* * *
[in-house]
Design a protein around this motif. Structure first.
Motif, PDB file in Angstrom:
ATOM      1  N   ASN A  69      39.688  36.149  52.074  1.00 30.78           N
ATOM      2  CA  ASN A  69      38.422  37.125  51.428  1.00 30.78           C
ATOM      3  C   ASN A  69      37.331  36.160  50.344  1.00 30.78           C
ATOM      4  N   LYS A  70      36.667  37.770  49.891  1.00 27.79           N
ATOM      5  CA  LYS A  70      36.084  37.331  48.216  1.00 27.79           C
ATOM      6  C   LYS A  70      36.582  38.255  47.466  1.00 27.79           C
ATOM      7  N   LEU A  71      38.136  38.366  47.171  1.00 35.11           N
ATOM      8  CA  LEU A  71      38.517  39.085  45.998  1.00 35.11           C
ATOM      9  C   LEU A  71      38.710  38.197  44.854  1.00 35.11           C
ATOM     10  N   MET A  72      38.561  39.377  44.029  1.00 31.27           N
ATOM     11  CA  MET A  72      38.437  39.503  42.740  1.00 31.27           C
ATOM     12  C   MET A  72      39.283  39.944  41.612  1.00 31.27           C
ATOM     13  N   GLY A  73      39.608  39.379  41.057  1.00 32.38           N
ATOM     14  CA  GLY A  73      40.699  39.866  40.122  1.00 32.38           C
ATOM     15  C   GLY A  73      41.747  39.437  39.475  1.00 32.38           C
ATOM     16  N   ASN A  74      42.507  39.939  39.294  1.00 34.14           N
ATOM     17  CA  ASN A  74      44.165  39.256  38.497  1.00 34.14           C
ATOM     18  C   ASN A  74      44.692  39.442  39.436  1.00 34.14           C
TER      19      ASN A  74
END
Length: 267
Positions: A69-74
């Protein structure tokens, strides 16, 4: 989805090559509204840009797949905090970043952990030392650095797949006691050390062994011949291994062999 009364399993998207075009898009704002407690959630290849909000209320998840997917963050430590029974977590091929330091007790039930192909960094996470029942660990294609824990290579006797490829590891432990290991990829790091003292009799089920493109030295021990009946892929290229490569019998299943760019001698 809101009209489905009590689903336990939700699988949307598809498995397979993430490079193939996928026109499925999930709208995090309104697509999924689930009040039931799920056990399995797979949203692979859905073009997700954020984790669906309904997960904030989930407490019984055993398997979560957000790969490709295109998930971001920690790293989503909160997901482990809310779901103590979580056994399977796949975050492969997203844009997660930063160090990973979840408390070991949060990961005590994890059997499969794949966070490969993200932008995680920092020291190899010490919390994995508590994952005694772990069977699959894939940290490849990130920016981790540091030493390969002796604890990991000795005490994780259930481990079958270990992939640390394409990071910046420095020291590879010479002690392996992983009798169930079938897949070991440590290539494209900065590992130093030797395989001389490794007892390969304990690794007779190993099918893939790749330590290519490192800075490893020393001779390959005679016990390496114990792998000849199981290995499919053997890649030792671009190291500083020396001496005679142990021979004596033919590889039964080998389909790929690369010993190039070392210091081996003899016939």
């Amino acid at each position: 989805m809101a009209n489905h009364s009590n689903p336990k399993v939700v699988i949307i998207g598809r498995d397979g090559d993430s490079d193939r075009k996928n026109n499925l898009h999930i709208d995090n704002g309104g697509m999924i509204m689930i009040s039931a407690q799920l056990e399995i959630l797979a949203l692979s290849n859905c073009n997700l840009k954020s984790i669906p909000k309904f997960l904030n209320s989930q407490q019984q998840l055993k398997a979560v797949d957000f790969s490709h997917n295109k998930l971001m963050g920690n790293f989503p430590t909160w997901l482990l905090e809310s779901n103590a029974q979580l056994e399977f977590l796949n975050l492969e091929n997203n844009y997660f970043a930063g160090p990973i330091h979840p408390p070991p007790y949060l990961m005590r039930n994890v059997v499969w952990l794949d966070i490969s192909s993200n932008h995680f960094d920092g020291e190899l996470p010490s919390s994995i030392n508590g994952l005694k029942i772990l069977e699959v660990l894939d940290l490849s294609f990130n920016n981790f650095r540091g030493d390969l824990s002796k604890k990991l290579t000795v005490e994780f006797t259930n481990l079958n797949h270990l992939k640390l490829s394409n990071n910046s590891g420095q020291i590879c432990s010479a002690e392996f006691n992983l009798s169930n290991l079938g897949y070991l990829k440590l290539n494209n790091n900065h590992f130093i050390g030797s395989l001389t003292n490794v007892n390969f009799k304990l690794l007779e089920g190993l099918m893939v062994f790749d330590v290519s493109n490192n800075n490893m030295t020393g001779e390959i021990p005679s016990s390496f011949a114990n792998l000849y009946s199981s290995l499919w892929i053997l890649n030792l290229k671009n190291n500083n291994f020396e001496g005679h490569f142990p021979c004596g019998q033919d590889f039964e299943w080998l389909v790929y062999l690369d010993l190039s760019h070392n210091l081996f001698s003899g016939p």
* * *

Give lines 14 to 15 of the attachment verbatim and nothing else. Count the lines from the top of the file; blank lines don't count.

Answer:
ATOM     11  CA  MET A  72      38.437  39.503  42.740  1.00 31.27           C
ATOM     12  C   MET A  72      39.283  39.944  41.612  1.00 31.27           C